Neil Armstrong – A Very Rare Celebrity Autograph

 

Neil Armstrong pic

Neil Armstrong
Image: nasa.gov

Iconographs is a trusted online source for celebrity autographs and movie memorabilia. Iconographs collects and sells only the best authentic autographs, which it guarantees for life.

According to many autograph collectors, the most sought-after autograph is that of astronaut Neil Armstrong of Apollo 11 fame.

After learning that his barber had been selling his hair trimmings for thousands of dollars, Neil Armstrong completely stopped signing autographs. He does not sign autographs at charity events, does not respond to letters from fans requesting them, and does not sell them for profit like crewmate Buzz Aldrin.

Neil Armstrong has even refused to sign autographs for Congresswoman Nancy Pelosi and other notable people. This reluctance to furnish autographs has made the prices of existing signatures skyrocket. People even sell and collect the astronaut’s old checks and credit card receipts. A check he wrote on the morning of the Apollo 11 liftoff sold for more than $27,000.

Universal Autograph Collector’s Club Offers Appraisal Services

Universal Autograph Collector’s Club  pic

Universal Autograph Collector’s Club
Image: uacc.org

Iconographs is an online dealer of celebrity autographs and movie memorabilia in Las Vegas, Nevada. An employer of more in-person collectors than any other coastal Internet autograph dealers, Iconographs is a registered dealer with the Universal Autograph Collector’s Club (UACC). The UACC offers appraisal and authenticator services to its members.

Obtaining appraisals for autographs that satisfy banks and insurance companies can present a challenge. Effective and successful appraisers require adequate credentials, extensive knowledge of autographs, and a firm grasp of the market and true value of collectibles under varying conditions. The UACC works to employ appraisers who meet these qualifications and uphold ethical expectations that they possess no interest in purchasing items they appraise for themselves.

Appraisers offer three kinds of appraisal services: insurance replacement value, fair market value, and liquidation market value. Insurance replacement values represent the retail value or cost to replace an existing item in a collection, and fair market appraisals offer a value for an item’s worth at a publicized auction. Liquidation values are typically used in bankruptcy situations and involve the price of an item during a quick sale. Authentication services do not attest to an item’s worth, but instead provide an opinion towards the item’s authenticity.

In response to the rise of third-party appraisers for autographs, the UACC issued new regulations and policies regarding the acceptance and recognition of third-party authentication certificates. The UACC does not recognize third-party certificates under the new policy, and autograph authenticators must meet all policy criteria. Criteria for authenticators include prior experience with autograph authentication, the ability to articulate authentication knowledge and follow court-approved procedures, acceptance as an expert witness by a recognized authority, and proof of ongoing education in the field.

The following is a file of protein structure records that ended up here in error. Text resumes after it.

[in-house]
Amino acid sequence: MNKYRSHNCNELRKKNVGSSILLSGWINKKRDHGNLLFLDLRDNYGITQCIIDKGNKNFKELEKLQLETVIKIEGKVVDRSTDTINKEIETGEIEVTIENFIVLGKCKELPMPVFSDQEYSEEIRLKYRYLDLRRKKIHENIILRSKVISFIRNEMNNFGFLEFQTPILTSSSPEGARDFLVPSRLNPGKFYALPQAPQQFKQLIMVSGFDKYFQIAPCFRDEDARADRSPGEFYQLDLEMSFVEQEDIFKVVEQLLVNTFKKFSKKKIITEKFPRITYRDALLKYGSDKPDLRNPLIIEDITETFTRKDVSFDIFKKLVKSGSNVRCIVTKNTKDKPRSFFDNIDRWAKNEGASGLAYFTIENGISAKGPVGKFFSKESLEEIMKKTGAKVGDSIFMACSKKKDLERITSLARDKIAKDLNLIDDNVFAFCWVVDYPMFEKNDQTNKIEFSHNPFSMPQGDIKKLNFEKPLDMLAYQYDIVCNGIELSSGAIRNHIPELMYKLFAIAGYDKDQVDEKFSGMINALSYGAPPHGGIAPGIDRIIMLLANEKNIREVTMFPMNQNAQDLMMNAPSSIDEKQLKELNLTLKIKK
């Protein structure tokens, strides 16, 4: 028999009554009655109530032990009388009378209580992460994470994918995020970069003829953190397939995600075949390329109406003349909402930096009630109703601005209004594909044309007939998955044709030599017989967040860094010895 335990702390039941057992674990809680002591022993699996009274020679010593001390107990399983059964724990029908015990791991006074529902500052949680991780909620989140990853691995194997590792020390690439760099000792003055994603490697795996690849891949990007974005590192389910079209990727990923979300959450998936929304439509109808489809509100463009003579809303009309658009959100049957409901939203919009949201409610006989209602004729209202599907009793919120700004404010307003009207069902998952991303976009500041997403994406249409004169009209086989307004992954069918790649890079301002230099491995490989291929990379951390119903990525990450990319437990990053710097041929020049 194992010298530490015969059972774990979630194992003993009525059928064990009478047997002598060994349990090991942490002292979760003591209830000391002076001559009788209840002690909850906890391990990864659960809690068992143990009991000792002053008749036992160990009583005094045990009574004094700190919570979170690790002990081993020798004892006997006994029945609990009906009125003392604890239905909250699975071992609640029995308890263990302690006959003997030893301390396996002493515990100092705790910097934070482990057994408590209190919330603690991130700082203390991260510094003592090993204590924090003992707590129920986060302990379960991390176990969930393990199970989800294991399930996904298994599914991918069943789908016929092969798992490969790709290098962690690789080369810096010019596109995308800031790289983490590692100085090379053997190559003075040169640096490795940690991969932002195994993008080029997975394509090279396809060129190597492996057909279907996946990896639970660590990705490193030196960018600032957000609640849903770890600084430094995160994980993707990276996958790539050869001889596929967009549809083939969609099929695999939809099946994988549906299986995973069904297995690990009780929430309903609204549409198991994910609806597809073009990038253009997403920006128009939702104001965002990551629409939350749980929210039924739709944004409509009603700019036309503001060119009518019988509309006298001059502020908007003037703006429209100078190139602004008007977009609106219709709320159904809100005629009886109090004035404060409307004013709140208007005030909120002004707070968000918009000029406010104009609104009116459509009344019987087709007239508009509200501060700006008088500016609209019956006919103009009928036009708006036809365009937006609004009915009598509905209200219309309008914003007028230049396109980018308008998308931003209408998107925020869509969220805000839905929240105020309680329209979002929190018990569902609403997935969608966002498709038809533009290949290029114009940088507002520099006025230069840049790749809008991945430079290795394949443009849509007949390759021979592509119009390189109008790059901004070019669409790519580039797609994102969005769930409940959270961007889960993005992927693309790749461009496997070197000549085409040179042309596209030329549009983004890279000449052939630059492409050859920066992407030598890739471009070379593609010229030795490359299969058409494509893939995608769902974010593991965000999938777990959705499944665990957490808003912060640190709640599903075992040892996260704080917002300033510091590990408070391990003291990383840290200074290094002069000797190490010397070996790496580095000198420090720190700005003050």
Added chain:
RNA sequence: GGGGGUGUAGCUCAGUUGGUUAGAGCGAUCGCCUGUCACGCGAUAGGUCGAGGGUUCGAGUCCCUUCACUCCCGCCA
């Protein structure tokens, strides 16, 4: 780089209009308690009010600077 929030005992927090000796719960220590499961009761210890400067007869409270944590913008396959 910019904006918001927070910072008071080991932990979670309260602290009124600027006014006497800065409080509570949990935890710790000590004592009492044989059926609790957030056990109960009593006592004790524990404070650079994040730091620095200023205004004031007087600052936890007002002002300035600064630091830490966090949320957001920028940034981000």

For more information about appraisal and authenticator services by the UACC, visit www.uacc.org/services.php.

The Value of Printed Autographs versus Hand-Signed Autographs

Iconographs pic

Iconographs
Image: iconographs.com

Iconographs, a Nevada-based seller of movie memorabilia, offers online auctions as well as direct sales of collectible items. In business for 25 years, Iconographs sells quality-guaranteed memorabilia at affordable prices.

In the buying and selling of autographed memorabilia, there are two distinct types of autographs: hand signed and printed. An autograph that was signed by hand was placed directly on an item by the celebrity, while a printed autograph is a mass-produced replica of the celebrity’s signature. Items with printed signatures may include cards sold in packs, packaged action figures that are sold with a signature, and a variety of other items.

In general, a hand-signed autograph is worth more than the copied version. However, an item with a copied autograph is generally more valuable than an unsigned version of the same item. Still, a hand-autographed item may be more or less valuable than a printed or un-autographed item based on variables such as the rarity of the given memorabilia item and the age of the item.

Factors Affecting the Value of Autographs

Iconographs pic

Iconographs
Image: iconographs.com

Offering genuine celebrity autographs at affordable prices, Iconographs is registered as a Universal Autograph Collector’s Club dealer. Based in Nevada, Iconographs sells only autographs that were signed by the celebrity in person and offers a certificate of authenticity with all its products, which enhances their market value. Iconographs emphasizes convenience through online sales and a ship-upon-purchase policy.

Sought after for centuries, autographs represent one of the most enduringly robust segments of the collectibles and alternative investments market. The value of the signature depends on a variety of factors including quality and scarcity as well as the status of the person.

At the top tier are icons, or individuals that are well known to the general public and represent a specific historical or cultural moment. In the sports world, these range from Michael Jordan to Babe Ruth, while in the acting world Humphrey Bogart and Marilyn Monroe stand preeminent.

Format is also important, with a cut of the signature from a larger document representing the base price and the value going upward as it moves into signed checks, letters, and photos. As an example, a Babe Ruth signed check may be worth a few thousand dollars while his autograph on a baseball will command several times as much.